Perhaps it is therefore time to abolish English Council and reinstitute the English Conference. And, while we’re at it, streamline many of the Party’s committees. Some work quite well, like English Candidates Committee, made up for the most part of Regional Candidates Chairs, who are elected by their Regional Conferences, are directly accountable to their members, and who have day to day involvement in the processes of both approval and selection. The Regional Treasurers meet twice a year, at Federal Conference, to discuss key issues, and are serviced by the English Party Administrator, Paul Rustad (a thoroughly decent guy, by the way) and David Allworthy who, despite his occasional flare-up, really knows his stuff, and is always happy to help when he can (I know, I’ve needed his support on more than one occasion). Others, well, perhaps I’m not so convinced…

We also need far better communication, and that is something that could be addressed by having the Chair of the English Party report to Regional and Local Parties on a monthly or quarterly basis (I would prefer monthly, if truth be told), providing diary dates, information about what the English Party has done, is doing, and proposes to do and consulting on issues ahead of us. Such a report could be issued, by e-mail for the most part, to the Secretary of each Regional and Local Party (that’s what we’re there for, according to the various constitutions).

Do these things, and I could return to stroking my cats, rather than maintain a futile effort to persuade people to attend a meeting that has precious little to commend it.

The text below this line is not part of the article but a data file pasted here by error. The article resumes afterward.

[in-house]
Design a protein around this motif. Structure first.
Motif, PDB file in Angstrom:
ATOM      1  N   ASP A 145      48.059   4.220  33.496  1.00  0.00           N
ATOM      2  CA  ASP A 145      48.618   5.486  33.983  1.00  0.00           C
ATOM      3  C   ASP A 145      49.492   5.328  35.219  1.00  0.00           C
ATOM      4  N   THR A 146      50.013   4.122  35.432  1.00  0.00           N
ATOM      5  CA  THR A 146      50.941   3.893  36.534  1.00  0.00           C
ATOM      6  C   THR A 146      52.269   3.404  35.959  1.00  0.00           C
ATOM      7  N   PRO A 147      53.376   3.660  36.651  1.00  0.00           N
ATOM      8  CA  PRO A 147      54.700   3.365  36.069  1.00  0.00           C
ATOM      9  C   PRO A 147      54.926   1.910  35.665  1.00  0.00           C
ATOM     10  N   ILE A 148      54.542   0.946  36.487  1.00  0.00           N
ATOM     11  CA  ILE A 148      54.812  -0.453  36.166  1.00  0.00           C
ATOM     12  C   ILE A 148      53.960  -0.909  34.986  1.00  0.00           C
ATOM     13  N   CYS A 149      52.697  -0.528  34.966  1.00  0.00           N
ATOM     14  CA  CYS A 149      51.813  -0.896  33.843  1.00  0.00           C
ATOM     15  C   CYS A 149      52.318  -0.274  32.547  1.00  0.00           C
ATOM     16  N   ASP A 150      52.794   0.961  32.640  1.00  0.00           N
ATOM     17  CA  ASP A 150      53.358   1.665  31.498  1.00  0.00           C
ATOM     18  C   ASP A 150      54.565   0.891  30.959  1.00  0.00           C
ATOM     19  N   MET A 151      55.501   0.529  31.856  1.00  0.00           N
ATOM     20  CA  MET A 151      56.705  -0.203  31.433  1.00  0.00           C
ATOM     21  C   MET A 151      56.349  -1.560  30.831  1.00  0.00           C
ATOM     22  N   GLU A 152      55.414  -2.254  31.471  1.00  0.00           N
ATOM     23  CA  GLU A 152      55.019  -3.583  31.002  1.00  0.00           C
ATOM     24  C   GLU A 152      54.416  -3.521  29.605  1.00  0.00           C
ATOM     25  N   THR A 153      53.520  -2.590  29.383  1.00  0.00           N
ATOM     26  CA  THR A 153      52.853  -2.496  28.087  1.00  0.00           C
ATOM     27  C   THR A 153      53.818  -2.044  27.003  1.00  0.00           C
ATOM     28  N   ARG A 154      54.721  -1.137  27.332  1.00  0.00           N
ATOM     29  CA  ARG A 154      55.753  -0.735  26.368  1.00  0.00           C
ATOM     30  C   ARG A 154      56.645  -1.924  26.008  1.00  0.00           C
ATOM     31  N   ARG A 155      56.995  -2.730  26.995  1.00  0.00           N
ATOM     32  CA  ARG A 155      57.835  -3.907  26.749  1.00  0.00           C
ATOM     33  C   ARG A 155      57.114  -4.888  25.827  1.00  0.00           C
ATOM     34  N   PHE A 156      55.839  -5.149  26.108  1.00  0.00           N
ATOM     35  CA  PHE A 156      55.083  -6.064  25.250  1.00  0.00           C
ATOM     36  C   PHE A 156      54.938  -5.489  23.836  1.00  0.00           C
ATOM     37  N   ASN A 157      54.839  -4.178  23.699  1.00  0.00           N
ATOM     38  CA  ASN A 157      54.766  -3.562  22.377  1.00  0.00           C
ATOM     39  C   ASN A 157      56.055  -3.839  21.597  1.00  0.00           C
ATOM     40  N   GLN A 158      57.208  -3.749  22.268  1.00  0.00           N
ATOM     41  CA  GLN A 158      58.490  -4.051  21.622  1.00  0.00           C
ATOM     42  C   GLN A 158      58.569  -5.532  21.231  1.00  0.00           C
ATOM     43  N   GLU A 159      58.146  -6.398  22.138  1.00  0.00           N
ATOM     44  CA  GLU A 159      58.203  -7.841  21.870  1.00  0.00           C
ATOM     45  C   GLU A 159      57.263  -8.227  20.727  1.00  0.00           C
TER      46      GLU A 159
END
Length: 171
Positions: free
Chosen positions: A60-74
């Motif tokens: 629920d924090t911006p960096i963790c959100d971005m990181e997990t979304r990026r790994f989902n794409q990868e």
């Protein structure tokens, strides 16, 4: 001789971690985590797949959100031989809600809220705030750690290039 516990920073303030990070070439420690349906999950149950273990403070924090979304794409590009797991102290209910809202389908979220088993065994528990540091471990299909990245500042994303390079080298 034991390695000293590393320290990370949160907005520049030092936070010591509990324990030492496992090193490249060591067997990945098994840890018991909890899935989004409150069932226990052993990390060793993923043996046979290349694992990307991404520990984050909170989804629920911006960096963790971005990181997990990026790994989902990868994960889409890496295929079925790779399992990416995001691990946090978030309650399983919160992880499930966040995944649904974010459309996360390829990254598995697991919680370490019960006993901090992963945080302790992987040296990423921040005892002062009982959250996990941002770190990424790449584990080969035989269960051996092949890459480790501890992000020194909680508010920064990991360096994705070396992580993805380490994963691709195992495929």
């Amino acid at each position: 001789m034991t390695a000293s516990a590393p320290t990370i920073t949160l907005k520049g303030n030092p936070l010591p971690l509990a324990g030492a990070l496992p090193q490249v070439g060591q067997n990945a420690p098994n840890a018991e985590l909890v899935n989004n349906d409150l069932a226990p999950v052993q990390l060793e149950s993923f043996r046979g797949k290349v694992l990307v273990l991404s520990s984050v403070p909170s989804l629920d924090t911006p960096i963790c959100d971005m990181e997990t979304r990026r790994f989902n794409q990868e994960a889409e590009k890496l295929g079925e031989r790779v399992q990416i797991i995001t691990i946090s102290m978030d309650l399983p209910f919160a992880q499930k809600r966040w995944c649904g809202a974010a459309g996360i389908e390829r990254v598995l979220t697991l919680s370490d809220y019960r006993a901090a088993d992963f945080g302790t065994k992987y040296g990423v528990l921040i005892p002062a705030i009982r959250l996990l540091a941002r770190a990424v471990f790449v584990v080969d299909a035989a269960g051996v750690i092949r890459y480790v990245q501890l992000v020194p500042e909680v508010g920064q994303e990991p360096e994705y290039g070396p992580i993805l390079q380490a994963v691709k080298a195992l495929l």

Anonymous said...

having the Chair of the English Party report to Regional and Local Parties on a monthly or quarterly basis

The Chair does write a report before every executive meeting (which is every couple of months) which then goes to all regional chairs. Surely it is then up to the Chair to pass that on to the people in their region?

information about what the English Party has done, is doing, and proposes to do and consulting on issues ahead of us.

I would agree that communication to English party members should be improved. But every time I have also advertised the fact that I am happy to keep in touch with English party members about what is happening at ECEC. No one has yet taken me up on that offer, despite me advertising it every time I stand for ECE.

You have bemoaned the idea that the English party doesn't discuss policy, but that is because that is passed up to the federal party (just as English policy in parliament is also made on a federal basis). I have some sympathy for the English conference idea, but that could increase bureaucracy not lessen it, as we would also need an English Policy Committee for example. I can then inevitably see a conflict with the FPC at some point in the future.

I don't dismiss your idea, but I would argue that it isn't as straightforward as it seems.

(English Council Executive Member)

Anonymous said...

I'm with Mark - EC is the most tedious event in the year, and must cost a fortune with people able to claim expenses (why?).

I can't see there's much point to it but if it *must* exist, shouldn't we just shorten the meetings and hold them during Federal Conference?

The one interesting point on the agenda, from what I can see, is the financial bit. If I took the time to research it, I would be tempted to argue for a much higher % of membership subs to stay with local parties. It's ironic that EC bemoans the fact that local parties don't do enough to recruit more members - and then deprive them of any financial incentive to do so.